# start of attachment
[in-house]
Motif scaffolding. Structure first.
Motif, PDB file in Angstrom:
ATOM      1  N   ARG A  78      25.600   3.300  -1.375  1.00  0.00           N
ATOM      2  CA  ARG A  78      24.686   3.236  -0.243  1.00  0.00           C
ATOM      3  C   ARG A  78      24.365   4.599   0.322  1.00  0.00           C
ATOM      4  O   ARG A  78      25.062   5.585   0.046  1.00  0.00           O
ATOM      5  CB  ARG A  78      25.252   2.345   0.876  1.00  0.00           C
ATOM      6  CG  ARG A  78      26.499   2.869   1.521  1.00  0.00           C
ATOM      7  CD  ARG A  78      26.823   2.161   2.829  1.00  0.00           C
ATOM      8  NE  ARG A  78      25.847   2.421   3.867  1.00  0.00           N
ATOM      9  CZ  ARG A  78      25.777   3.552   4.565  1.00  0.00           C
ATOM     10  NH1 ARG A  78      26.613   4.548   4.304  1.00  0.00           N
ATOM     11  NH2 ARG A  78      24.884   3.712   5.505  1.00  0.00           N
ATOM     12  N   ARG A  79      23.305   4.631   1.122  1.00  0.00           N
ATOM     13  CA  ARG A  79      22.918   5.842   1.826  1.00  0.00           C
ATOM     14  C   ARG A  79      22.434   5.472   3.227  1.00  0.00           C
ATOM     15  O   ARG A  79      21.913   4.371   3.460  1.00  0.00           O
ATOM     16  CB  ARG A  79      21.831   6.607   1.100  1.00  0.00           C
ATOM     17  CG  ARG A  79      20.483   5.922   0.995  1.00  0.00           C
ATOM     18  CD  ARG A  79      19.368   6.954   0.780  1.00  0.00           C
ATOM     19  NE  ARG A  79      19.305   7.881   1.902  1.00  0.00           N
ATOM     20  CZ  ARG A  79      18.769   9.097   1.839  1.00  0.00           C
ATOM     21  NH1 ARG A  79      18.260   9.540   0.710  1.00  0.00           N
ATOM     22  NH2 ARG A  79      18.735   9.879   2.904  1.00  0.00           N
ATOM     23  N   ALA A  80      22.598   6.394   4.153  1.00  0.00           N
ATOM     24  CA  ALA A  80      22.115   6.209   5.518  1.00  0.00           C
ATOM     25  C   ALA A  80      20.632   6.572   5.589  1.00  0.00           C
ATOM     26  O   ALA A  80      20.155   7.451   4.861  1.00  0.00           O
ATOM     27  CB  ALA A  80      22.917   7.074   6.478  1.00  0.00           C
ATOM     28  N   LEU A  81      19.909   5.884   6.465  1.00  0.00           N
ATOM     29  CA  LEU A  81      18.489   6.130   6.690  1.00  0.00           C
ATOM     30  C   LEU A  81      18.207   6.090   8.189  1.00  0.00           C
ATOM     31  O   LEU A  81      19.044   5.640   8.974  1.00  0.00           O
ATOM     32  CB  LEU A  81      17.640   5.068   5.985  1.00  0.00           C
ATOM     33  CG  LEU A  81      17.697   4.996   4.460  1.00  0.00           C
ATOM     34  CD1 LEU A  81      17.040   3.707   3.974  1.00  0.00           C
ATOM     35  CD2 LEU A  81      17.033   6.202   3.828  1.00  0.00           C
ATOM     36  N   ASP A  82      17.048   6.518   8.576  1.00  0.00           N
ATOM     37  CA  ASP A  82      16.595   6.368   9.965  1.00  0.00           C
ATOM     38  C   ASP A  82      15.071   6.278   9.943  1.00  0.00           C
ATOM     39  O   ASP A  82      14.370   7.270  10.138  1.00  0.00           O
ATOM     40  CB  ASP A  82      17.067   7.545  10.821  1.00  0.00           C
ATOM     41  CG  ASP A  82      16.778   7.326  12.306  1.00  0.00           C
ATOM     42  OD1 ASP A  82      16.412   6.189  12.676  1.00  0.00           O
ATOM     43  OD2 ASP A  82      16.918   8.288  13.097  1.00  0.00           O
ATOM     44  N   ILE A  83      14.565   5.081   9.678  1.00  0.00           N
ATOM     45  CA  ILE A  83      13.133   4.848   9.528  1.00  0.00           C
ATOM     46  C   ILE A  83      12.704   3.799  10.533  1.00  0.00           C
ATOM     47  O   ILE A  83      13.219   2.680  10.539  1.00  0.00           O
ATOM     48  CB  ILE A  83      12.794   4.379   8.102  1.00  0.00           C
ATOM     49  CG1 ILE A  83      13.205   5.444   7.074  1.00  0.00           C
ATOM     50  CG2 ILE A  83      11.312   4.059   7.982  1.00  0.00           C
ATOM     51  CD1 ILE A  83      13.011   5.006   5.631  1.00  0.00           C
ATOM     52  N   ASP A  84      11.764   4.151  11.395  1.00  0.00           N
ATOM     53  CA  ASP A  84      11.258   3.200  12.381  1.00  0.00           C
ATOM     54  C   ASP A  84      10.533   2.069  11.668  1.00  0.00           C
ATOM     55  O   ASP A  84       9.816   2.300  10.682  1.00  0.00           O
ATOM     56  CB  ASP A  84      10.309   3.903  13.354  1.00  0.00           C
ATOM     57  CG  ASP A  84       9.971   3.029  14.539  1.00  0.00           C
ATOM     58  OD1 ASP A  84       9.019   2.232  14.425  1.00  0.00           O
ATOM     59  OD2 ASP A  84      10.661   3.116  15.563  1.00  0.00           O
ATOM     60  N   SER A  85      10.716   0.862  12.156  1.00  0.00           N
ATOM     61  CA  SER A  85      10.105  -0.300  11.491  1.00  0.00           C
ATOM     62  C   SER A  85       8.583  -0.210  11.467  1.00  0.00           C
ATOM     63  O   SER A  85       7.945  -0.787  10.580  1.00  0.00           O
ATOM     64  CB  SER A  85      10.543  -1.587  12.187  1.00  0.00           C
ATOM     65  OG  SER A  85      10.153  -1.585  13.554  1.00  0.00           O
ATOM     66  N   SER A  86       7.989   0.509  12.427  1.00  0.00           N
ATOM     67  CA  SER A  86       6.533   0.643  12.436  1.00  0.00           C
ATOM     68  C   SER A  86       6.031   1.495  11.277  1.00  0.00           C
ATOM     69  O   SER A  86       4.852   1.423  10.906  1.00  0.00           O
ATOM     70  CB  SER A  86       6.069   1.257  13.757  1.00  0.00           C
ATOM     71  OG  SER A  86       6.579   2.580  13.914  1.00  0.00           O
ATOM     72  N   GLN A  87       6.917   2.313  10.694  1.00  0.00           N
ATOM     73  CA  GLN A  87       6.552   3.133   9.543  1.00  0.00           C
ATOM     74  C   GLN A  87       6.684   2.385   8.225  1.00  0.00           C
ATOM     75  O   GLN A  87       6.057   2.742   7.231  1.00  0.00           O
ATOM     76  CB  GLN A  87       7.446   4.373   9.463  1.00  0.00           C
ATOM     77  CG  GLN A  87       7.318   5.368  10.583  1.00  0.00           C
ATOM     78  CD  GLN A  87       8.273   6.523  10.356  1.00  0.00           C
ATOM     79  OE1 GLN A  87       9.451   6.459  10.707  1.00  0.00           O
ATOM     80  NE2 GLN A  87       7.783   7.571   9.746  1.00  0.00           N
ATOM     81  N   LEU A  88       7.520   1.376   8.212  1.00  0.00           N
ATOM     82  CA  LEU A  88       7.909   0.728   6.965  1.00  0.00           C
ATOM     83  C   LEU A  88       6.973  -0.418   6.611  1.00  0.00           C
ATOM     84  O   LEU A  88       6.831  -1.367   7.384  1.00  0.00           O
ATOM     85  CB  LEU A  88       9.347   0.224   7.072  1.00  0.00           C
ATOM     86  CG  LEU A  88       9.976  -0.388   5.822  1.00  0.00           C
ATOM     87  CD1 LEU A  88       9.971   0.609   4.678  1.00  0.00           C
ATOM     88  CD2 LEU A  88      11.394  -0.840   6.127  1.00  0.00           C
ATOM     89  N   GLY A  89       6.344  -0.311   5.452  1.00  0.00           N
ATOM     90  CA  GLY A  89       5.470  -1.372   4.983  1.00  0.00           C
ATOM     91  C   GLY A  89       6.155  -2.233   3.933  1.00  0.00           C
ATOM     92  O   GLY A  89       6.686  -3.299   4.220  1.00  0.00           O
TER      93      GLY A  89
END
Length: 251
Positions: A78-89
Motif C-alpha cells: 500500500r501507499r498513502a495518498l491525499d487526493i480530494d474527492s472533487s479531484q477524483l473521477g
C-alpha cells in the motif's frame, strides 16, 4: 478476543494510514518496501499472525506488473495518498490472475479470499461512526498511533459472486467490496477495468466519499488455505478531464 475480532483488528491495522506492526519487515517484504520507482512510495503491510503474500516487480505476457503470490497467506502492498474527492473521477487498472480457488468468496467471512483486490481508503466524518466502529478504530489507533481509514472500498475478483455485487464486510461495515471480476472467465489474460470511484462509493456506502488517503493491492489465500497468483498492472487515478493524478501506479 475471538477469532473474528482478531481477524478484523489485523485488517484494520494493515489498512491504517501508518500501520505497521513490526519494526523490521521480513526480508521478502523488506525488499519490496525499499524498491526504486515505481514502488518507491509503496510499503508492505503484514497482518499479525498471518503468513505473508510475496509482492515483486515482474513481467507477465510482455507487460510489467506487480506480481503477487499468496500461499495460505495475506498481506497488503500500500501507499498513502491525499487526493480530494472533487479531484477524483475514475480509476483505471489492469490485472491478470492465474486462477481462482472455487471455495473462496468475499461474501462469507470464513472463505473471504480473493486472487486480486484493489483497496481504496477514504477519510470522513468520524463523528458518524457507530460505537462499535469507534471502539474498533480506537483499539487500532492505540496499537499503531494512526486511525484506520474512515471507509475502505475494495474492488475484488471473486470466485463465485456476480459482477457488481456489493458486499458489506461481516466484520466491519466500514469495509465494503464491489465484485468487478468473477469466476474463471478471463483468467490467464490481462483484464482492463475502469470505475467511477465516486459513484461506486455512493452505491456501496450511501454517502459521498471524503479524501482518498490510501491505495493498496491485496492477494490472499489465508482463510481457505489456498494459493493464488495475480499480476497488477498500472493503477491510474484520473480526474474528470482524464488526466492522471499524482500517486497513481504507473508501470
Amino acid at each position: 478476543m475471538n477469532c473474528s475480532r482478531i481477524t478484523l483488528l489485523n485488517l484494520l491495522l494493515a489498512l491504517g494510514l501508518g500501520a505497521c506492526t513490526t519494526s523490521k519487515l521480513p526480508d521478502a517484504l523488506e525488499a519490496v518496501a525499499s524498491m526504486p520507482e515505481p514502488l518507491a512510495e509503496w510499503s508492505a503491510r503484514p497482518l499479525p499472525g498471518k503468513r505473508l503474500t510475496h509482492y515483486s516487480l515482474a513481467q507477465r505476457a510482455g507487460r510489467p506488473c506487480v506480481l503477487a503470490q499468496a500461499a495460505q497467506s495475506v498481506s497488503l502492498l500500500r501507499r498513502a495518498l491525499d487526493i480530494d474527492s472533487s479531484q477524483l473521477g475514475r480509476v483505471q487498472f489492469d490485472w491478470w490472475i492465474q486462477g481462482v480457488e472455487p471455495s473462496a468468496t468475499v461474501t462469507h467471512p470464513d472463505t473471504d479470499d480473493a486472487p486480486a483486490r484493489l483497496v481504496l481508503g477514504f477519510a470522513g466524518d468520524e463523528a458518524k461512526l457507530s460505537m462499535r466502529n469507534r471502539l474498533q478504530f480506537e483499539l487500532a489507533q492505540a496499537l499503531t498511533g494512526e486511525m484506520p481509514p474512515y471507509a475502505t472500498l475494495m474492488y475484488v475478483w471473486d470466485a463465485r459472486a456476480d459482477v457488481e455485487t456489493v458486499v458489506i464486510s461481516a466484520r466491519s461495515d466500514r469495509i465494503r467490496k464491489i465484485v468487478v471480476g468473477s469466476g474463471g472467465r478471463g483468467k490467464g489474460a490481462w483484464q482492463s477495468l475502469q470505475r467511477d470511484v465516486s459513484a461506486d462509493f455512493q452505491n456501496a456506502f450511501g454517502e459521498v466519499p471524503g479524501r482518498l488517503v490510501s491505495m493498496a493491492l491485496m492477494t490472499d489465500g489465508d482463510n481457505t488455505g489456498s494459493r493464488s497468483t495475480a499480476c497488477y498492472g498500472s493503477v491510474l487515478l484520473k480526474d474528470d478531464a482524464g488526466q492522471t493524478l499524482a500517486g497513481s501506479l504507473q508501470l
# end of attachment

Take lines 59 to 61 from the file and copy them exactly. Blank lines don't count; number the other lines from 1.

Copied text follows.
ATOM     56  CB  ASP A  84      10.309   3.903  13.354  1.00  0.00           C
ATOM     57  CG  ASP A  84       9.971   3.029  14.539  1.00  0.00           C
ATOM     58  OD1 ASP A  84       9.019   2.232  14.425  1.00  0.00           O